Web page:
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Washington, D.C. – Today at 10 a.m., House Foreign Affairs Committee Chairman Ed Royce (R-CA) will convene a hearing entitled “Genocide Against the Burmese Rohingya.” Live webcast and witness testimony will be available HERE.

Below is Chairman Royce’s opening statement as prepared for delivery at the hearing:

“For more than three decades, the government of Burma has systematically denied the Rohingya people even the most basic of human rights. Add to that no access to education or healthcare. Last year, this persecution reached new, horrific levels, as the Burmese military drove 700,000 Rohingya from their homes, burning villages and killing scores during so-called ‘terrorist clearance operations.’

One Rohingya survivor recalled the attacks on his village, saying ‘the whole village was under random fire like rain.’

Just this week, the State Department released a report detailing stomach-turning, systematic and widespread acts of violence against the Rohingya in Northern Rakhine State. The report includes gruesome accounts of burning elderly alive in their homes, gang raping women and slaughtering fleeing refugees.

The Burmese military made no distinction between men, women and children, either – one woman recalls watching as ‘newborns and [children] who could barely walk, they threw them in the river…’ while she desperately hid in bushes across the river.

It is hard to hear these accounts without feeling queasy. But we must catalogue these atrocities so that we can one day hold the perpetrators accountable.

I want to commend the administration for speaking out against these atrocities. Ambassador Nikki Haley, in particular, has repeatedly demanded that the international community not ignore the plight of the Rohingya. And the U.S. is providing desperately needed humanitarian assistance to the survivors, many who are now refugees in Bangladesh.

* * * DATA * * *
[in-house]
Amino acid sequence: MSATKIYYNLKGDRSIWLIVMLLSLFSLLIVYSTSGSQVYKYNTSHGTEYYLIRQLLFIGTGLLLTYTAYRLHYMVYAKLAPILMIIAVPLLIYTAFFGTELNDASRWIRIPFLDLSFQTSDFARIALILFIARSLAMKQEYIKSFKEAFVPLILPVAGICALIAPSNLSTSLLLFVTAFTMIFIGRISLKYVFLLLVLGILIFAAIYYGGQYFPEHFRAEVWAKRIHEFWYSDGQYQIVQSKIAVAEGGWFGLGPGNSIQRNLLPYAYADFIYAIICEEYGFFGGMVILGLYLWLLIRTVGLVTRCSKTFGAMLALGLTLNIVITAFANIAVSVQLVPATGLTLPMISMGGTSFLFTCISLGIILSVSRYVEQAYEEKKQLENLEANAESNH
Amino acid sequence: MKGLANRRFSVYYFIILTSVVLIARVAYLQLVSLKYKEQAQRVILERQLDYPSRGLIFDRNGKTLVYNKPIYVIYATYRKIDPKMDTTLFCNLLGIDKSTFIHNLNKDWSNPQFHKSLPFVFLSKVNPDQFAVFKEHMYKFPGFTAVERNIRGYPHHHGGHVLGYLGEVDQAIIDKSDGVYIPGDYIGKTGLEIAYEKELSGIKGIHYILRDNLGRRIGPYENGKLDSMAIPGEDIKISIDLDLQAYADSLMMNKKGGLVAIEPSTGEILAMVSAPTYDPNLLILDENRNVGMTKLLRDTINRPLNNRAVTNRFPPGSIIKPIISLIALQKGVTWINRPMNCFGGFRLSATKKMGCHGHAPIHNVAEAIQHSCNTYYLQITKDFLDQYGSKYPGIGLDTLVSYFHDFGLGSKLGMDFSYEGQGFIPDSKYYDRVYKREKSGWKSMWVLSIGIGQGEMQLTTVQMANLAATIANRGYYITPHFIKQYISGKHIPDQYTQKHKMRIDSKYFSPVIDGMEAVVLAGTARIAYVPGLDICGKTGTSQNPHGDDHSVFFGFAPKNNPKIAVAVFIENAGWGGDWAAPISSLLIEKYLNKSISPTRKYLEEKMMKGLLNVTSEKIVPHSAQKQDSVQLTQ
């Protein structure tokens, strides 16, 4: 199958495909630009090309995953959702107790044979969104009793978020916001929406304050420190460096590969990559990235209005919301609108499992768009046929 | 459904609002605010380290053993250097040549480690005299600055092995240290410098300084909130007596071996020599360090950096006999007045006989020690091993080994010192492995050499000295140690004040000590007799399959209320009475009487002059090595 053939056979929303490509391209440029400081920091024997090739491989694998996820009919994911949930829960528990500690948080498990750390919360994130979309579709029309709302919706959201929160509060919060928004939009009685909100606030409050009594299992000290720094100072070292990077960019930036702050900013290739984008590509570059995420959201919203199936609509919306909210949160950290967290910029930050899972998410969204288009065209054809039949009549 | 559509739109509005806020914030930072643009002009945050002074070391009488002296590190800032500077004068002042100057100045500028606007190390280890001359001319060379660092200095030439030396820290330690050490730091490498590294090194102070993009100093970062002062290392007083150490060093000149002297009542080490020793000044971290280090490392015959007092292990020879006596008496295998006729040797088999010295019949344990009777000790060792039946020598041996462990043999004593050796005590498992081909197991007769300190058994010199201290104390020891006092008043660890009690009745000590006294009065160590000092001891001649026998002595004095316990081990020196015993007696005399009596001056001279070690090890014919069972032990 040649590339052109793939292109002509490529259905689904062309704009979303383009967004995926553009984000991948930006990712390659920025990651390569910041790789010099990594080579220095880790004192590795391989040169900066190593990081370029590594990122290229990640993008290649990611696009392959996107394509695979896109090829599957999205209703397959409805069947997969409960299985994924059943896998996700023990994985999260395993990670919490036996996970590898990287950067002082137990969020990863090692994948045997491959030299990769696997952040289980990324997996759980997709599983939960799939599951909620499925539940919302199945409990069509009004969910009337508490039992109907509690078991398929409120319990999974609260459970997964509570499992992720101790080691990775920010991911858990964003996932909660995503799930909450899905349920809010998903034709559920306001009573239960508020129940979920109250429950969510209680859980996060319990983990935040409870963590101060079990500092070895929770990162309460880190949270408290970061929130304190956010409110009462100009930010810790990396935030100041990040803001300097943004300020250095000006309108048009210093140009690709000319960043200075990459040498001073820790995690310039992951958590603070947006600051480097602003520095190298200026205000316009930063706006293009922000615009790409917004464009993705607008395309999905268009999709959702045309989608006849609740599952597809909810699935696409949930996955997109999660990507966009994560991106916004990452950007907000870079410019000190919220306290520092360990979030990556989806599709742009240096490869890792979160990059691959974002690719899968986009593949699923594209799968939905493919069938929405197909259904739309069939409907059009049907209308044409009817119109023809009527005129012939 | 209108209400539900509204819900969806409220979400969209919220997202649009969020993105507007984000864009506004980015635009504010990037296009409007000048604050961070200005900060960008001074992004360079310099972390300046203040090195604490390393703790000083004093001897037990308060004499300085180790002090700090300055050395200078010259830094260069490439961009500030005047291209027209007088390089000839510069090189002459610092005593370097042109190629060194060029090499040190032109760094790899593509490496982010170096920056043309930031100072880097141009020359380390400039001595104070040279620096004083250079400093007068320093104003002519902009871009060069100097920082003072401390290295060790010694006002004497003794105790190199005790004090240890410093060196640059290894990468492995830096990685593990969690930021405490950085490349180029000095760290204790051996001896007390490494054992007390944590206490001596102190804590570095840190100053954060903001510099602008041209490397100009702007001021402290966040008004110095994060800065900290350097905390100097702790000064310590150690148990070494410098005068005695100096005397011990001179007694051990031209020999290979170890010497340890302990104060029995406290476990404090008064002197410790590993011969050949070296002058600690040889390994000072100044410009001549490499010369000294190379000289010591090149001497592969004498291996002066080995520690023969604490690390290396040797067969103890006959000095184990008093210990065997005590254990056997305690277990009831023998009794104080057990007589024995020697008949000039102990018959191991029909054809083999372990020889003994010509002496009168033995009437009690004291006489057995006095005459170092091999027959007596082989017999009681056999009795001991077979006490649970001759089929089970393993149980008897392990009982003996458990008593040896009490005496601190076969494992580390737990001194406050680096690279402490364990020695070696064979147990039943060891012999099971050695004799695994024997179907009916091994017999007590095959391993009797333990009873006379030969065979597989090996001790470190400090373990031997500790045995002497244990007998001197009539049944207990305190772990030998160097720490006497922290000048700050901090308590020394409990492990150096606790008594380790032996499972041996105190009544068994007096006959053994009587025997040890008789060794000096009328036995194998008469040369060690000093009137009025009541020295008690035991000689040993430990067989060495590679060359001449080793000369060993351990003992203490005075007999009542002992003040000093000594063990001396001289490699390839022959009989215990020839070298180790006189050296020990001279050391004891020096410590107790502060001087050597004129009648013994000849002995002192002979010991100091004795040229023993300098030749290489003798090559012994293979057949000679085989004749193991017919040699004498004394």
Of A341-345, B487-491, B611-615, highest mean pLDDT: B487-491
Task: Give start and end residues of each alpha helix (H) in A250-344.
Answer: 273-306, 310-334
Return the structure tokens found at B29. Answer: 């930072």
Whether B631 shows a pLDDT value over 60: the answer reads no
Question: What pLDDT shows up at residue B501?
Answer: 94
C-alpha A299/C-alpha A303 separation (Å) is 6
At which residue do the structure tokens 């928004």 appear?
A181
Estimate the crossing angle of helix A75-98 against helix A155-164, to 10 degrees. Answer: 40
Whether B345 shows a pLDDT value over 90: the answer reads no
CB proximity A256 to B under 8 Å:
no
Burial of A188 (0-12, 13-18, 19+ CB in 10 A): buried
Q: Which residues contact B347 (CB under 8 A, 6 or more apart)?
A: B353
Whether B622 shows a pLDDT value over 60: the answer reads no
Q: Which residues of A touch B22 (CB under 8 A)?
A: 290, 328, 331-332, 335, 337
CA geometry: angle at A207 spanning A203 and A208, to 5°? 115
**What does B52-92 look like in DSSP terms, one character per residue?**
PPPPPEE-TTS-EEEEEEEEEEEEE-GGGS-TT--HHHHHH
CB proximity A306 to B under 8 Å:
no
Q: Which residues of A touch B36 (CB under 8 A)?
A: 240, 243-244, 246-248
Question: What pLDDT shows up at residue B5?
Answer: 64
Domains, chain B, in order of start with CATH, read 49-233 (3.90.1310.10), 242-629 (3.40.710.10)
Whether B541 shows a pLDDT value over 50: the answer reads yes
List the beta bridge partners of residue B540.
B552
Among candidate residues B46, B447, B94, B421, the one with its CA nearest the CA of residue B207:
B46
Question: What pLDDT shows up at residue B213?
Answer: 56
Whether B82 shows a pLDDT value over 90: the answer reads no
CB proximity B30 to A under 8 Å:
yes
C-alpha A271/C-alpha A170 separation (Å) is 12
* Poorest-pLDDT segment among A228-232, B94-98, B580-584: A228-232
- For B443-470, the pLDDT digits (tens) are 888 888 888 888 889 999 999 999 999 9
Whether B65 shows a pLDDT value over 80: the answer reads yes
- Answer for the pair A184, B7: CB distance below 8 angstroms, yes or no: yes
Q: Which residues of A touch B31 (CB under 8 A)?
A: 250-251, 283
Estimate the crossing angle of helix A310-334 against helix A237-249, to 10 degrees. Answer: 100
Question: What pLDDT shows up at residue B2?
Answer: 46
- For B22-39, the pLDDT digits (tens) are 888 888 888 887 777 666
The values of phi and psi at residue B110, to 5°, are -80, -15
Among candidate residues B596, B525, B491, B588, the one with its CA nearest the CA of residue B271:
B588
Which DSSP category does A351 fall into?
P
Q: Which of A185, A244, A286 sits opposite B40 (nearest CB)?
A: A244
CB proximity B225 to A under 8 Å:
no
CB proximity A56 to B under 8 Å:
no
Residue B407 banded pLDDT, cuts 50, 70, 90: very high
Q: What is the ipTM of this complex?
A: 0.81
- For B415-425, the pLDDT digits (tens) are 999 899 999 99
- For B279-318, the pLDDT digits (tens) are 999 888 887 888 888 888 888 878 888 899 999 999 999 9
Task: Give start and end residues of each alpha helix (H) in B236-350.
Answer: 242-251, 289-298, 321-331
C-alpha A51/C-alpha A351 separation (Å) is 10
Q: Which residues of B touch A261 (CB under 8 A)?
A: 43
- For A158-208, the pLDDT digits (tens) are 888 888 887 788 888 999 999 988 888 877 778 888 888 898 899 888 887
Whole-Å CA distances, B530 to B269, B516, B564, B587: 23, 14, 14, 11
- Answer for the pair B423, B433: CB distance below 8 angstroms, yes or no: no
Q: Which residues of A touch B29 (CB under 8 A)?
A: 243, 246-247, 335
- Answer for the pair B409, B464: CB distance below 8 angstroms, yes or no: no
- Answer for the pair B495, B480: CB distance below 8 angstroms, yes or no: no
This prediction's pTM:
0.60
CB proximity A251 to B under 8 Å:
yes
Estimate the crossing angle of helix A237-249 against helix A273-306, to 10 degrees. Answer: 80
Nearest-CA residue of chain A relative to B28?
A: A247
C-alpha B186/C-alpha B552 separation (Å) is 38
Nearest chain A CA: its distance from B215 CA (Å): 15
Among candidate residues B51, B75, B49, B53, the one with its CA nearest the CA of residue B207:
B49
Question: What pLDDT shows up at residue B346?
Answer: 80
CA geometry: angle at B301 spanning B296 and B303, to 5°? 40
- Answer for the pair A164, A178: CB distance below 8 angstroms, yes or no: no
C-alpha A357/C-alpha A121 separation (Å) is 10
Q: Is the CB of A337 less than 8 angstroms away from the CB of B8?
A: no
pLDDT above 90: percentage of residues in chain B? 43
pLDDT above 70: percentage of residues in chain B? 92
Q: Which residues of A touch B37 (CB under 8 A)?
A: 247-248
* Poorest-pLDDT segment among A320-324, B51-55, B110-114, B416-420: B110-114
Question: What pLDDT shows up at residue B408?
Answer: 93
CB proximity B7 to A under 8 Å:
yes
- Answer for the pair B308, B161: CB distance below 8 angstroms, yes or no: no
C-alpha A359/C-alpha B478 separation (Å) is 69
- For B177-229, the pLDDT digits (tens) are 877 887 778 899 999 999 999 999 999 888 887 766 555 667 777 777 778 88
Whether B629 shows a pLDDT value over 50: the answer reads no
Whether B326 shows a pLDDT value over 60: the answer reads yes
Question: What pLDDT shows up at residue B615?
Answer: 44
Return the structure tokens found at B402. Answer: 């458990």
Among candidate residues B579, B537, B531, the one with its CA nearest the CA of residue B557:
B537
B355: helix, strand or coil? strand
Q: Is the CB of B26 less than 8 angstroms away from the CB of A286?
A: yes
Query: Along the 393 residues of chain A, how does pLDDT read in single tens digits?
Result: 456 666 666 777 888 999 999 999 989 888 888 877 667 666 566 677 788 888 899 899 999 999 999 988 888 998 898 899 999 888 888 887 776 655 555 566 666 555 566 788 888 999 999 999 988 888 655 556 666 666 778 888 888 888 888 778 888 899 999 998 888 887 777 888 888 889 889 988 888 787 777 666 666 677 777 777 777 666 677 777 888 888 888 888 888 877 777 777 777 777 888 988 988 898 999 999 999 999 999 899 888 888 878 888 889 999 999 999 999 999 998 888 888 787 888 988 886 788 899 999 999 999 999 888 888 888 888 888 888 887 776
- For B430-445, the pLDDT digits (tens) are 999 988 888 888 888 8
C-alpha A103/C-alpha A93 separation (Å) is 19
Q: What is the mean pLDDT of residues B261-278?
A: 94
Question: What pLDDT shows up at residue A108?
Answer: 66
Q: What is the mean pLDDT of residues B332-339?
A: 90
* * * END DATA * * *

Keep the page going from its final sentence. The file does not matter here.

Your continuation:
But I encourage the administration to go further – this is more than just a ‘textbook example of ethnic cleansing.’ To all who have met with Rohingya refugees, who have heard these accounts, it is clear that these crimes amount to genocide.

The Convention on the Prevention and Punishment of the Crime of Genocide, signed and ratified by the United States, defines genocide as certain acts committed with the intent to destroy, in whole or in part, a national, ethnical, racial or religious group.

Those acts include, among others:

  • Killing members of the ethnicity or religion;
  • Causing serious bodily or mental harm to that ethnicity;
  • Deliberately inflicting conditions of life calculated to bring about its physical destruction in whole or in part;
  • And imposing measures intended to prevent births.

I believe that a realistic accounting of the deliberate campaign of murder, intimidation and displacement against the Rohingya clearly meets this legal standard for genocide.

Making a formal determination of genocide must be the next step for the U.S. Defining these atrocities for what they are is critical to building international public awareness – and support – to stop them.

The protection of human rights has long been our nation’s top priority in Burma – dating back to freeing Aung San Suu Kyi – and today, that must include the Rohingya.

The Burmese government and its military must ensure the protection of all the people of Burma, regardless of their ethnic background or religious beliefs. Those military leaders and security forces responsible for these atrocities must face justice. The U.S. must push the civilian leader Aung San Suu Kyi to rise to this challenge.

Confronting genocide of the Rohingya is a moral issue. And a national security issue. No one is more secure when fanaticism and unchecked violence are growing in this part of the world. I look forward to hearing from our witnesses on these issues today.”

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